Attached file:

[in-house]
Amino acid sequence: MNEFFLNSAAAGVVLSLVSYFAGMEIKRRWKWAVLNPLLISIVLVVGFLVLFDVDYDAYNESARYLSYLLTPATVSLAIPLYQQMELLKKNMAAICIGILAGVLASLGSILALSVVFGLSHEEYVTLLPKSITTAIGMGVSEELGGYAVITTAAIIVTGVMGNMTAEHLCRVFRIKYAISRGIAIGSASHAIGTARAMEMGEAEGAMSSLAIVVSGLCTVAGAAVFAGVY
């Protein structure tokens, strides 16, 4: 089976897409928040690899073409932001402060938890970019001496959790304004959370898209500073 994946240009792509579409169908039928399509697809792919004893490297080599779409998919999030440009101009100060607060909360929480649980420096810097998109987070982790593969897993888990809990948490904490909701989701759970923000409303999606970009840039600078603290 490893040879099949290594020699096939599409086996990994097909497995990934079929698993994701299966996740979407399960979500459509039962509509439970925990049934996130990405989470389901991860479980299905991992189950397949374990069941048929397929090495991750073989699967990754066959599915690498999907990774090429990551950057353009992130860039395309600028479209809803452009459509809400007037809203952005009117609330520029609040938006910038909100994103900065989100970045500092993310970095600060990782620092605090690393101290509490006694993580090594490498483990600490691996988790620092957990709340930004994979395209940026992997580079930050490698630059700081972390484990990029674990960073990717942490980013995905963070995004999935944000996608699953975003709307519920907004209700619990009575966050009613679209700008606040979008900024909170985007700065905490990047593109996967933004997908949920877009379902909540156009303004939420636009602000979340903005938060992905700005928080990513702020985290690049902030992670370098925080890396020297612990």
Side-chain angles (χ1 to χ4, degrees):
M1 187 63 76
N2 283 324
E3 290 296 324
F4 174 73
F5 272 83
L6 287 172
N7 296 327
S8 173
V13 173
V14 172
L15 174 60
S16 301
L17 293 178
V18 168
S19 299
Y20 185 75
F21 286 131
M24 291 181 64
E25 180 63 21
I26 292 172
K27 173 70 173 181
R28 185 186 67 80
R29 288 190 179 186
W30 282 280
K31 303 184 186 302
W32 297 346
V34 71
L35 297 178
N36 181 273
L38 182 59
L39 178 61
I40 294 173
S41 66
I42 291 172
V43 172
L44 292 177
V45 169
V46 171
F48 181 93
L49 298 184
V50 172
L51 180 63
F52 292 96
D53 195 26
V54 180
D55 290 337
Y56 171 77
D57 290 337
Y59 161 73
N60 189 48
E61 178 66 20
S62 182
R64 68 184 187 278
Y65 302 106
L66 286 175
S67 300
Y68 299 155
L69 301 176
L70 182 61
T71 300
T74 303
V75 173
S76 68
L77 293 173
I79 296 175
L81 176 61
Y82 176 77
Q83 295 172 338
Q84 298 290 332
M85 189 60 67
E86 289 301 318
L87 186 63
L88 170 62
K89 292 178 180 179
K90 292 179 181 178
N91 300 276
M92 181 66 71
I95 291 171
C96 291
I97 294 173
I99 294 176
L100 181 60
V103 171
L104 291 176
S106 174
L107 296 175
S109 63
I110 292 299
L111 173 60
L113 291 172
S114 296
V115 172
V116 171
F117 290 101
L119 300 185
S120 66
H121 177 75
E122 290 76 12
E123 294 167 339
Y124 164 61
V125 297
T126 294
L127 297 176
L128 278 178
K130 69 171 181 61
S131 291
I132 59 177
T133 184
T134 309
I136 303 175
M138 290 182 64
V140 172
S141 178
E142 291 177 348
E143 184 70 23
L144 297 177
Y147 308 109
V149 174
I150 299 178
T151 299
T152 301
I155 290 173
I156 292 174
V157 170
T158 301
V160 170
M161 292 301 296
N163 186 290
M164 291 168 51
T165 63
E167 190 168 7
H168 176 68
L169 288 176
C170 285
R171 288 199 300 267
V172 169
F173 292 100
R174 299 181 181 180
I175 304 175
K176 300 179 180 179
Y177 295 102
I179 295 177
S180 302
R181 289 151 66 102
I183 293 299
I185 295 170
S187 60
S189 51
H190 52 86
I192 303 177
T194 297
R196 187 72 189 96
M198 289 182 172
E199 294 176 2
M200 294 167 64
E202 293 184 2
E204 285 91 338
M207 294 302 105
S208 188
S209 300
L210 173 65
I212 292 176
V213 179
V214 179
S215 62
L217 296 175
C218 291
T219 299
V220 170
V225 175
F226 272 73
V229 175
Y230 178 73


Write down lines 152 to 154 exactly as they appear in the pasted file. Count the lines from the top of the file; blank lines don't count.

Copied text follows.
S189 51
H190 52 86
I192 303 177